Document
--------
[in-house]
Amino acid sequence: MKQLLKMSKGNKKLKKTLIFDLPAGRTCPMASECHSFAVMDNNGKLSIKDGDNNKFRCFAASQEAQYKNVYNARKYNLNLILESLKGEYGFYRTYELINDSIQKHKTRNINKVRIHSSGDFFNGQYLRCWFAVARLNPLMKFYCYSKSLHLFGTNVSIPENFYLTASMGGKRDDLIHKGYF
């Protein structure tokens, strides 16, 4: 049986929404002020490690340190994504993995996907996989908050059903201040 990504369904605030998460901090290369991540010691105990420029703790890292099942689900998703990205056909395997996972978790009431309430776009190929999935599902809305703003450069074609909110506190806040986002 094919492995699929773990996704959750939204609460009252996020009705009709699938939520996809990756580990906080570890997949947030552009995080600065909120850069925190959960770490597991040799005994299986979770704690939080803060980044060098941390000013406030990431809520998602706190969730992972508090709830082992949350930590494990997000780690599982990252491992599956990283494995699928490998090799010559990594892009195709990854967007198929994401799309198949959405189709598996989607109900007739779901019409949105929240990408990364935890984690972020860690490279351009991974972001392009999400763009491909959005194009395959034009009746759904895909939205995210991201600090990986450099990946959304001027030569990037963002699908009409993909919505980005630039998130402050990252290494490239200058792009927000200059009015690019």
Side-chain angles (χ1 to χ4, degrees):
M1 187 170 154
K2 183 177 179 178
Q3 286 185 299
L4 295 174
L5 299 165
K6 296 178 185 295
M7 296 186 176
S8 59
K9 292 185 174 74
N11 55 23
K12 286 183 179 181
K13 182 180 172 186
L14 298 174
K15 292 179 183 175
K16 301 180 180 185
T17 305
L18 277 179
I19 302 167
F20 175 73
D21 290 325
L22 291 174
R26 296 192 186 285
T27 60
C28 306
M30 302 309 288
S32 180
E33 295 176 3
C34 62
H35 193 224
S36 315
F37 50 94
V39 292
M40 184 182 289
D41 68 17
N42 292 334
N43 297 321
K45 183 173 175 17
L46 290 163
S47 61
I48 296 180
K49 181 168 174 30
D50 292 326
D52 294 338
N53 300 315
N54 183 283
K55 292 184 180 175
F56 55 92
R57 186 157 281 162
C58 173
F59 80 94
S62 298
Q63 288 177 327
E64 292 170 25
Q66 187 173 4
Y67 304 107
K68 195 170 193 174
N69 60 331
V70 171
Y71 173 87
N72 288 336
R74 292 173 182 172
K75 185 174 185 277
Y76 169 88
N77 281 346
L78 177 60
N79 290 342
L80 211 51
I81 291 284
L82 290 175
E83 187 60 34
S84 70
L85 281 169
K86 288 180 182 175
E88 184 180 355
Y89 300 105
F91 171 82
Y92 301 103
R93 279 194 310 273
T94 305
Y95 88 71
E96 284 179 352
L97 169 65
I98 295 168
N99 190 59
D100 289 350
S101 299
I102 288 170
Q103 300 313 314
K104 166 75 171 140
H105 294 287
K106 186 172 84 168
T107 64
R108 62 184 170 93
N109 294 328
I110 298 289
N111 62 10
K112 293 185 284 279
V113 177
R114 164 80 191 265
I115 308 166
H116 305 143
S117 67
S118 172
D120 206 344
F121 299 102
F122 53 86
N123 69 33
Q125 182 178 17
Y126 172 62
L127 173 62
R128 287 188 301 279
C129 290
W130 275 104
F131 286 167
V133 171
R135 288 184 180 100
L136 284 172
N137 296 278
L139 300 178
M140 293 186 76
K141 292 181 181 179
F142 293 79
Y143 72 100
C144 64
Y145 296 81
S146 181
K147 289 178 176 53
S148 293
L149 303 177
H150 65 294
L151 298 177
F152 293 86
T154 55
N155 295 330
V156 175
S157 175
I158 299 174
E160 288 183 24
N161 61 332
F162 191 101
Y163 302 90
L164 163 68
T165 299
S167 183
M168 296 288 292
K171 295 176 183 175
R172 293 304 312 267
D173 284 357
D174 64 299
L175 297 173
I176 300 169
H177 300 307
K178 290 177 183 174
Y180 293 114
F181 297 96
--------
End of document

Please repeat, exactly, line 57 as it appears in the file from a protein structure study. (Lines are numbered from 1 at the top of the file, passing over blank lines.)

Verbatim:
E64 292 170 25